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Kinsale's 'Little Fella' Leads Dragon East Coasts at Royal Irish Yacht Club

27th May 2017
The Irish Dragon fleet moored alongside at the Royal Irish Yacht Club after the first day of the East Coast Championships on Dublin Bay The Irish Dragon fleet moored alongside at the Royal Irish Yacht Club after the first day of the East Coast Championships on Dublin Bay Photo: Afloat.ie

Kinsale Yacht Club's Cameron Good sailing with Simon Furney and Henry Kingston lead the Irish East Coast Dragon Championships at the Royal Irish Yacht Club in Dun Laoghaire.

Given Saturday's downpours, the ten boat Dragon fleet got the best of the weather on Friday and sailed two races in light winds and great sunshine.

Good, steering Little Fella, has a four–point cushion over second placed Phantom (Neil Hegarty, David Williams, Kevin O'Boyle) of the RStGYC and Good's own clubmates Mar J (Adrian Bendon, Luke Kedney, Michelle Hayes) in third who both share seven–points overall.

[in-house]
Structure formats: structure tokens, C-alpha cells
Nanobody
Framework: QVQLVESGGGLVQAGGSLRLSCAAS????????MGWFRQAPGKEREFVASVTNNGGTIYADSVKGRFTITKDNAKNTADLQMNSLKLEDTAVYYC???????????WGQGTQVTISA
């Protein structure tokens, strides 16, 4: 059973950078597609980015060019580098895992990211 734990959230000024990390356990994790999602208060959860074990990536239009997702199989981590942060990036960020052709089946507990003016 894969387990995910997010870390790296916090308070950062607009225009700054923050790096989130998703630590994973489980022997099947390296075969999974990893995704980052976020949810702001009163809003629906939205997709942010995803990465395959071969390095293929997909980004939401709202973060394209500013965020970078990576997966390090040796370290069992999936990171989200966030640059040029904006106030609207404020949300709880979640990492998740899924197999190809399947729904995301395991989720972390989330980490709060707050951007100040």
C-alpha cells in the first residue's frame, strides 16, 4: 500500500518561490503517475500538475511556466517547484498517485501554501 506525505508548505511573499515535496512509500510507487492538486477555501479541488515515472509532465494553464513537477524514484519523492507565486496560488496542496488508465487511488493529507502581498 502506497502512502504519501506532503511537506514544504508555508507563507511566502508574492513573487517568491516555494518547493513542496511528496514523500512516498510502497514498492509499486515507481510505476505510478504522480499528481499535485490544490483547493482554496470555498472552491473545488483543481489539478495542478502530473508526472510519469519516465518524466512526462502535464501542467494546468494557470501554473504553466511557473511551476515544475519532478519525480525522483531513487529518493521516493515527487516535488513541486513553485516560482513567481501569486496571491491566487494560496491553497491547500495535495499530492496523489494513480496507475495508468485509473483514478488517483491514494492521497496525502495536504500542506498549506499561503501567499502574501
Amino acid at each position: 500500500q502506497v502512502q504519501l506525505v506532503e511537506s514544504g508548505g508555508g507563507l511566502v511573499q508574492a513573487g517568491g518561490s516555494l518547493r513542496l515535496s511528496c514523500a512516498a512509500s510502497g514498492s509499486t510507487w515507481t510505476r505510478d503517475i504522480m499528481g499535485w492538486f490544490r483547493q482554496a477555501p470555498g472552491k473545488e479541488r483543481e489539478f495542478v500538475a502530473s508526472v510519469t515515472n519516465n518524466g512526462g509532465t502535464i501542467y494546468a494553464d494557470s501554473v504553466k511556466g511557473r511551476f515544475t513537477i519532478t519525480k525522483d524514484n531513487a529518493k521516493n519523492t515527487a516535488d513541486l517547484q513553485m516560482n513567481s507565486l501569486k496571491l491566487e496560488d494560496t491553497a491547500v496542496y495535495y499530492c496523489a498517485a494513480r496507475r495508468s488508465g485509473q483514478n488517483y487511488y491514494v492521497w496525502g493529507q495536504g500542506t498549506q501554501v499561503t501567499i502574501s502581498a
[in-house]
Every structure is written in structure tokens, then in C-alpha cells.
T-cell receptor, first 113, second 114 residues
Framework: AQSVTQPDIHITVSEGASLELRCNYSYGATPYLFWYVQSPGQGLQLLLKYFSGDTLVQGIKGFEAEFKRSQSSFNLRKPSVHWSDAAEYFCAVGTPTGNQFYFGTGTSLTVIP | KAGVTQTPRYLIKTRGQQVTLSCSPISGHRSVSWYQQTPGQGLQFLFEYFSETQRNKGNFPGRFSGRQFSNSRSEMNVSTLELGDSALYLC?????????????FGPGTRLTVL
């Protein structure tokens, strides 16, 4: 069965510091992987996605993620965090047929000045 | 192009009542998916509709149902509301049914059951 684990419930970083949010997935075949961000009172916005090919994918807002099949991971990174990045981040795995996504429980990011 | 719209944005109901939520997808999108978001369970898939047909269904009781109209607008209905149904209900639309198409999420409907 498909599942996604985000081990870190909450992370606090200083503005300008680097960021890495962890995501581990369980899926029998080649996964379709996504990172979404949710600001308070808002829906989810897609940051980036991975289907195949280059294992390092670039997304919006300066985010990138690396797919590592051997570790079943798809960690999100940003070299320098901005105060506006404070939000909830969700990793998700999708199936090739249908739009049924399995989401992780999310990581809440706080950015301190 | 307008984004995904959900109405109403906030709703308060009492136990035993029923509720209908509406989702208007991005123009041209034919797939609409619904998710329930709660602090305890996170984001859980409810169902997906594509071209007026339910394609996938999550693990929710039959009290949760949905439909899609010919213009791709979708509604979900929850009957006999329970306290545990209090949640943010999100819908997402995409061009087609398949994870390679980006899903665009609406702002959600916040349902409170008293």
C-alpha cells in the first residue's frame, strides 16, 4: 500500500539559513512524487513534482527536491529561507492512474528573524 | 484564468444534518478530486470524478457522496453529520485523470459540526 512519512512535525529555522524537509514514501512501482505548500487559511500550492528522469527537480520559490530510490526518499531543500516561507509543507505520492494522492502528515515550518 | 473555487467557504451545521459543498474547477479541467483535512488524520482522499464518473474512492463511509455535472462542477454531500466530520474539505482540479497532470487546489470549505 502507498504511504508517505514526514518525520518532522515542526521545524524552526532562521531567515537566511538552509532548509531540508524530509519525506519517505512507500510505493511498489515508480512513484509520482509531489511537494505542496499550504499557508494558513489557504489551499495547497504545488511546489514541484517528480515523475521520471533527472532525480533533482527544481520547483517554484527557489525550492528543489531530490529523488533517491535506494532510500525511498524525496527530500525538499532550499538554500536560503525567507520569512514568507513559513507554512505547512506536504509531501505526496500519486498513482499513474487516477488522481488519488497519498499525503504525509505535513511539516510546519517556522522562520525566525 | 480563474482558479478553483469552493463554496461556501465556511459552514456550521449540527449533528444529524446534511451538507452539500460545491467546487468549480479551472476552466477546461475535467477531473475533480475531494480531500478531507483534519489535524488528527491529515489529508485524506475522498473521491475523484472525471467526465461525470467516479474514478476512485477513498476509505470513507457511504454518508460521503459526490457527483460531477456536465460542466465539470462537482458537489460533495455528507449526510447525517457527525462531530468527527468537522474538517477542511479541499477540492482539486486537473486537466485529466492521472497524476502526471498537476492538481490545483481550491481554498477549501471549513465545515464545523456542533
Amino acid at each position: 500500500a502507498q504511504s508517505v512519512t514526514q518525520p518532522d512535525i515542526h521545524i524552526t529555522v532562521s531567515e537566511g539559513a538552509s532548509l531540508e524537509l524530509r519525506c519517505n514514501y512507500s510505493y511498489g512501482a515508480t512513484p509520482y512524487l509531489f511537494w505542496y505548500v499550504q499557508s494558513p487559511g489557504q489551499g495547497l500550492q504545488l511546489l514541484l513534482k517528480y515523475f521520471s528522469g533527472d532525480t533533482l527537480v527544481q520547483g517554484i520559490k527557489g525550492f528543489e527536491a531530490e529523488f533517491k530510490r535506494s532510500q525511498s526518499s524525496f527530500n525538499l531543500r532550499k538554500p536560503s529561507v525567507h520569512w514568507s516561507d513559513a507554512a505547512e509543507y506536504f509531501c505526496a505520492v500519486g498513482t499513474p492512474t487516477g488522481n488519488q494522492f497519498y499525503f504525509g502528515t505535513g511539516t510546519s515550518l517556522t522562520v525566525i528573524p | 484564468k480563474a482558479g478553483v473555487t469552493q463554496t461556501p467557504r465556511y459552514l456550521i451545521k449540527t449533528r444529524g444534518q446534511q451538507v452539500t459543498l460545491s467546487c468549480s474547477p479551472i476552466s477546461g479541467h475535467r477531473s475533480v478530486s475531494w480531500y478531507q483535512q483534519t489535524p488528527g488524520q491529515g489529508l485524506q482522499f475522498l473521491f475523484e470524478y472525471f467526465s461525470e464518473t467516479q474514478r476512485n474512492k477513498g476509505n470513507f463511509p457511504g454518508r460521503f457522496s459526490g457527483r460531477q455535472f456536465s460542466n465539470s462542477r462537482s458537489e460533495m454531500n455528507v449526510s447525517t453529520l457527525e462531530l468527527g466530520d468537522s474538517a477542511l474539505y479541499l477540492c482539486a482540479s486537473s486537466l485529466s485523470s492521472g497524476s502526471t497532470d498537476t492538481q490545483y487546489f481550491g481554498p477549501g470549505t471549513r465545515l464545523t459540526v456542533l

Results are downloadable below

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The Dragon was designed by Johan Anker in 1929 as an entry for a competition run by the Royal Yacht Club of Gothenburg, to find a small keel-boat that could be used for simple weekend cruising among the islands and fjords of the Scandinavian seaboard. The original design had two berths and was ideally suited for cruising in his home waters of Norway. The boat quickly attracted owners and within ten years it had spread all over Europe.

The Dragon's long keel and elegant metre-boat lines remain unchanged, but today Dragons are constructed using the latest technology to make the boat durable and easy to maintain. GRP is the most popular material, but both new and old wooden boats regularly win major competitions while looking as beautiful as any craft afloat. Exotic materials are banned throughout the boat, and strict rules are applied to all areas of construction to avoid sacrificing value for a fractional increase in speed.

The key to the Dragon's enduring appeal lies in the careful development of its rig. Its well-balanced sail plan makes boat handling easy for lightweights, while a controlled process of development has produced one of the most flexible and controllable rigs of any racing boat.

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